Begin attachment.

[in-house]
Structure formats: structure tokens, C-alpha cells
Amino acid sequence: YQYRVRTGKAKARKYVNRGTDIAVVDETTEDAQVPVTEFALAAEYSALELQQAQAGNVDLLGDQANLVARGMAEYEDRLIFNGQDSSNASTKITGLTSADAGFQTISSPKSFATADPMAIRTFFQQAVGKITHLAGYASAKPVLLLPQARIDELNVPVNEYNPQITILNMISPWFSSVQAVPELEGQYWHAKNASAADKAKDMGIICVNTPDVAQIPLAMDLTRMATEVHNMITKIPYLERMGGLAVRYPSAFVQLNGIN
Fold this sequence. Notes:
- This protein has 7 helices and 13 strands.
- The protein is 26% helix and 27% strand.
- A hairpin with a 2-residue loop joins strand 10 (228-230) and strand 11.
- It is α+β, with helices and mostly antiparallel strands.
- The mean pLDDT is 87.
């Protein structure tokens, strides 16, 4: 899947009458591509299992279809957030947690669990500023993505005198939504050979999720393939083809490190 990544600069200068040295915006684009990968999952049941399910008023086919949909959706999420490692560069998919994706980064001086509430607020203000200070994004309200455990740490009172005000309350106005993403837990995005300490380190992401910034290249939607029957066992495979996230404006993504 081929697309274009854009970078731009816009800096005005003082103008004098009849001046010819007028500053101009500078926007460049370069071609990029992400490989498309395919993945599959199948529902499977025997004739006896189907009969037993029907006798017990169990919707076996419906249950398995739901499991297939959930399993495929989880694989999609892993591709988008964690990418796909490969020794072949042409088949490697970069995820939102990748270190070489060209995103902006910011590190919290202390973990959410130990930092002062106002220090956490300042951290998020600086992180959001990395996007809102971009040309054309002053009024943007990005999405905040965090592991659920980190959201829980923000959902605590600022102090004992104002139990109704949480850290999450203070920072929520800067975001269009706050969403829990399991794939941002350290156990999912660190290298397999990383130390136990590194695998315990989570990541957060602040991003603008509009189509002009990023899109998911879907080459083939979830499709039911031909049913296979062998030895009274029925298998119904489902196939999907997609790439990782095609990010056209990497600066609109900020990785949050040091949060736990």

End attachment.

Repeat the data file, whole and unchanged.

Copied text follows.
[in-house]
Structure formats: structure tokens, C-alpha cells
Amino acid sequence: YQYRVRTGKAKARKYVNRGTDIAVVDETTEDAQVPVTEFALAAEYSALELQQAQAGNVDLLGDQANLVARGMAEYEDRLIFNGQDSSNASTKITGLTSADAGFQTISSPKSFATADPMAIRTFFQQAVGKITHLAGYASAKPVLLLPQARIDELNVPVNEYNPQITILNMISPWFSSVQAVPELEGQYWHAKNASAADKAKDMGIICVNTPDVAQIPLAMDLTRMATEVHNMITKIPYLERMGGLAVRYPSAFVQLNGIN
Fold this sequence. Notes:
- This protein has 7 helices and 13 strands.
- The protein is 26% helix and 27% strand.
- A hairpin with a 2-residue loop joins strand 10 (228-230) and strand 11.
- It is α+β, with helices and mostly antiparallel strands.
- The mean pLDDT is 87.
């Protein structure tokens, strides 16, 4: 899947009458591509299992279809957030947690669990500023993505005198939504050979999720393939083809490190 990544600069200068040295915006684009990968999952049941399910008023086919949909959706999420490692560069998919994706980064001086509430607020203000200070994004309200455990740490009172005000309350106005993403837990995005300490380190992401910034290249939607029957066992495979996230404006993504 081929697309274009854009970078731009816009800096005005003082103008004098009849001046010819007028500053101009500078926007460049370069071609990029992400490989498309395919993945599959199948529902499977025997004739006896189907009969037993029907006798017990169990919707076996419906249950398995739901499991297939959930399993495929989880694989999609892993591709988008964690990418796909490969020794072949042409088949490697970069995820939102990748270190070489060209995103902006910011590190919290202390973990959410130990930092002062106002220090956490300042951290998020600086992180959001990395996007809102971009040309054309002053009024943007990005999405905040965090592991659920980190959201829980923000959902605590600022102090004992104002139990109704949480850290999450203070920072929520800067975001269009706050969403829990399991794939941002350290156990999912660190290298397999990383130390136990590194695998315990989570990541957060602040991003603008509009189509002009990023899109998911879907080459083939979830499709039911031909049913296979062998030895009274029925298998119904489902196939999907997609790439990782095609990010056209990497600066609109900020990785949050040091949060736990």